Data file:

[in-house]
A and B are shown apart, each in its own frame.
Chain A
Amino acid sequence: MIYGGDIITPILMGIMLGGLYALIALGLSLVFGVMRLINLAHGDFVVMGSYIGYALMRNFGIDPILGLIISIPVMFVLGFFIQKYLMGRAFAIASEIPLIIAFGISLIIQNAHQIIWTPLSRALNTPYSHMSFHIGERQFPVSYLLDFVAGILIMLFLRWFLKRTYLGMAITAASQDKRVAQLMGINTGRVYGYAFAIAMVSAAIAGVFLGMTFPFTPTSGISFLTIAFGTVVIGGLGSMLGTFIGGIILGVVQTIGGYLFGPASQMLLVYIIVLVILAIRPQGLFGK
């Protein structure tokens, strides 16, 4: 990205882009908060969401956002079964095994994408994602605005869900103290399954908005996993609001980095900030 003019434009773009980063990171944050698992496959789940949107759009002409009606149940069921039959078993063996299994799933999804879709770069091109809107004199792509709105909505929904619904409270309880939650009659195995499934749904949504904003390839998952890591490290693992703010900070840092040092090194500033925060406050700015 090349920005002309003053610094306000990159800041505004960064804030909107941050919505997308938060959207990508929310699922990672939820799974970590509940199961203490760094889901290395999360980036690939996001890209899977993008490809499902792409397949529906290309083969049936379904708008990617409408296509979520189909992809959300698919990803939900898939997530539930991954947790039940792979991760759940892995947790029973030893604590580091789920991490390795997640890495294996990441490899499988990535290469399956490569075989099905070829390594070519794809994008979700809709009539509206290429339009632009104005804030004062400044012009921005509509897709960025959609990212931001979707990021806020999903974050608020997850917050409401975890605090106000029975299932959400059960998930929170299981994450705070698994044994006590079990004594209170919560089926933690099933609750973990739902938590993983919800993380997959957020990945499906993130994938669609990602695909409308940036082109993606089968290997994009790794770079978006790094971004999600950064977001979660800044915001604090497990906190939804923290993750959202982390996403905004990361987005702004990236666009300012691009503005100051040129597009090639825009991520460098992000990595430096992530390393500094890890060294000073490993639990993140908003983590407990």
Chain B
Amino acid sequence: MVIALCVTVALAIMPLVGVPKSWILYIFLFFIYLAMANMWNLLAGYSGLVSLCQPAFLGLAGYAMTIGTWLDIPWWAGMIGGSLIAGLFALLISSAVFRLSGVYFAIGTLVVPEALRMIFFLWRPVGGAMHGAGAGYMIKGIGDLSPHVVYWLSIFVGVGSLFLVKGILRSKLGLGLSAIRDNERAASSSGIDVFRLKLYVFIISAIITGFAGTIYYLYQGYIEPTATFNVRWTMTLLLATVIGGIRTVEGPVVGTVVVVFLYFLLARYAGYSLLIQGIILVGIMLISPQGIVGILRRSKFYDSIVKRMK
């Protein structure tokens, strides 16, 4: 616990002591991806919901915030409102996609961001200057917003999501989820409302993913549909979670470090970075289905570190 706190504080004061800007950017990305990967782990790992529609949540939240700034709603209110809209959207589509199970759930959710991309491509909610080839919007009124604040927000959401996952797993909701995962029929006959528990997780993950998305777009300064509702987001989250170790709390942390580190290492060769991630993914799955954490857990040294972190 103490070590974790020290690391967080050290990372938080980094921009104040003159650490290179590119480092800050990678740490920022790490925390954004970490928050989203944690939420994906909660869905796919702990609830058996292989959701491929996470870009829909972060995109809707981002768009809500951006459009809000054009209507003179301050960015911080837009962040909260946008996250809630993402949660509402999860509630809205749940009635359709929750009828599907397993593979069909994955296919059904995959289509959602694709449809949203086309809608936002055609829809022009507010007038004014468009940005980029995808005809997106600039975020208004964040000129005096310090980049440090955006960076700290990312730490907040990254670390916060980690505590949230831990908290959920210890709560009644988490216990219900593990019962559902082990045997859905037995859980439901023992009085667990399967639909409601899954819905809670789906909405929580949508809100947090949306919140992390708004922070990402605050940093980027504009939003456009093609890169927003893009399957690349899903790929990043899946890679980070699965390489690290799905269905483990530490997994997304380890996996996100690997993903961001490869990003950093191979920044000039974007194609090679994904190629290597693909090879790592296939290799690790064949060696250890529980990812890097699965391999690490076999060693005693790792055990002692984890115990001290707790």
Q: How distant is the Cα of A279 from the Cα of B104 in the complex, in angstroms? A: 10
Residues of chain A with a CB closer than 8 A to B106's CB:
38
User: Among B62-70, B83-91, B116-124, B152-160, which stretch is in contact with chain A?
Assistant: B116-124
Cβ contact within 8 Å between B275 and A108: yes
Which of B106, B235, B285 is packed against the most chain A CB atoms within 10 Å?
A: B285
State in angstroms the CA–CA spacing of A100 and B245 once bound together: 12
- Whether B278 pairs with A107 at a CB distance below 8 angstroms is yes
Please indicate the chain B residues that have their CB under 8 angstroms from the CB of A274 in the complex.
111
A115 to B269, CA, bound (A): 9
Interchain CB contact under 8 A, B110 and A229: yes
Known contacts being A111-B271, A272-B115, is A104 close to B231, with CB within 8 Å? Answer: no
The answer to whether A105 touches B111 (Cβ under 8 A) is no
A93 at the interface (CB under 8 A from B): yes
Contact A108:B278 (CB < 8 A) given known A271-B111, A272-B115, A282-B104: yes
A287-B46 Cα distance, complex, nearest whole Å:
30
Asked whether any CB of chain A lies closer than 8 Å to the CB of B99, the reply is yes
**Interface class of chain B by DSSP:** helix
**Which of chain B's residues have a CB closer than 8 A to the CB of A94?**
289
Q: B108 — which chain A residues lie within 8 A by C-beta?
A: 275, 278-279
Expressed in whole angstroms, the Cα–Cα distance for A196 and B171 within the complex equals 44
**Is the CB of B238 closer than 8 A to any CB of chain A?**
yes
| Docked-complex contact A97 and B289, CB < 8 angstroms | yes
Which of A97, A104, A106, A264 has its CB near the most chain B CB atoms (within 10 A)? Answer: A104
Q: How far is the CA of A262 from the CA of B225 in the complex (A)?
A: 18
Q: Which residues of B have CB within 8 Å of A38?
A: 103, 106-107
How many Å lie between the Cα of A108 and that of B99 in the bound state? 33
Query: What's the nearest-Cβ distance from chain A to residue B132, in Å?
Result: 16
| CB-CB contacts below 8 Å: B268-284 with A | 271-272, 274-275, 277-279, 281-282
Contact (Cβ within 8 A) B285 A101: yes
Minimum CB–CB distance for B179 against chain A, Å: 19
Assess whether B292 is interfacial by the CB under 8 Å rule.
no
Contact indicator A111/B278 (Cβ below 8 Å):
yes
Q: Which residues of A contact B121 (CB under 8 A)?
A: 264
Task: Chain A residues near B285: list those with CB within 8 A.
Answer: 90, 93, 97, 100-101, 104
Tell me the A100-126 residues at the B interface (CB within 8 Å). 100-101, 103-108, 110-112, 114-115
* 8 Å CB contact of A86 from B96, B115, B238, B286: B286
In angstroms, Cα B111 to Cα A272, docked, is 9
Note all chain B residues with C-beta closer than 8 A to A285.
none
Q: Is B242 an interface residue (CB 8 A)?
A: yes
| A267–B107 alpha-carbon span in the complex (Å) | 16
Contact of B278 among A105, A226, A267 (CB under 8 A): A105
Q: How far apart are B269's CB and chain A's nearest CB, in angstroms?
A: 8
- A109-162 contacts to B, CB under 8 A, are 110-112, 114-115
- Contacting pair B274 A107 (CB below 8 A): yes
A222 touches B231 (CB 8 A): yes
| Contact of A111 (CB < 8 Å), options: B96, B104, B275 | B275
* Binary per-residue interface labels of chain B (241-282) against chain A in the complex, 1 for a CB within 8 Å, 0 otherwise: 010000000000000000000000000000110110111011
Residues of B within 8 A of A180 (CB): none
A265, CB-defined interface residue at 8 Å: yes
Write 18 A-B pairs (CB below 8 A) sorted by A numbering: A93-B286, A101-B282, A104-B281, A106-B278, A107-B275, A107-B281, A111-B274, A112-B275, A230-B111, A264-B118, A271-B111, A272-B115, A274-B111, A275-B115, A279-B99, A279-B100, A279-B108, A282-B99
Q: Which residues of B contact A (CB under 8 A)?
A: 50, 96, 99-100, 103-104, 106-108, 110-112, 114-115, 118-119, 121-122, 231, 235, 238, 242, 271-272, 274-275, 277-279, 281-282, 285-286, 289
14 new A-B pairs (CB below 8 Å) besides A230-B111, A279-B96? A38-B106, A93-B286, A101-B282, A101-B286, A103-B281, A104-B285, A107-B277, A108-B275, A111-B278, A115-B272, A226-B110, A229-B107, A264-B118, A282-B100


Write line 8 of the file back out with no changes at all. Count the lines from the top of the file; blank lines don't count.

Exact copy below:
């Protein structure tokens, strides 16, 4: 616990002591991806919901915030409102996609961001200057917003999501989820409302993913549909979670470090970075289905570190 706190504080004061800007950017990305990967782990790992529609949540939240700034709603209110809209959207589509199970759930959710991309491509909610080839919007009124604040927000959401996952797993909701995962029929006959528990997780993950998305777009300064509702987001989250170790709390942390580190290492060769991630993914799955954490857990040294972190 103490070590974790020290690391967080050290990372938080980094921009104040003159650490290179590119480092800050990678740490920022790490925390954004970490928050989203944690939420994906909660869905796919702990609830058996292989959701491929996470870009829909972060995109809707981002768009809500951006459009809000054009209507003179301050960015911080837009962040909260946008996250809630993402949660509402999860509630809205749940009635359709929750009828599907397993593979069909994955296919059904995959289509959602694709449809949203086309809608936002055609829809022009507010007038004014468009940005980029995808005809997106600039975020208004964040000129005096310090980049440090955006960076700290990312730490907040990254670390916060980690505590949230831990908290959920210890709560009644988490216990219900593990019962559902082990045997859905037995859980439901023992009085667990399967639909409601899954819905809670789906909405929580949508809100947090949306919140992390708004922070990402605050940093980027504009939003456009093609890169927003893009399957690349899903790929990043899946890679980070699965390489690290799905269905483990530490997994997304380890996996996100690997993903961001490869990003950093191979920044000039974007194609090679994904190629290597693909090879790592296939290799690790064949060696250890529980990812890097699965391999690490076999060693005693790792055990002692984890115990001290707790």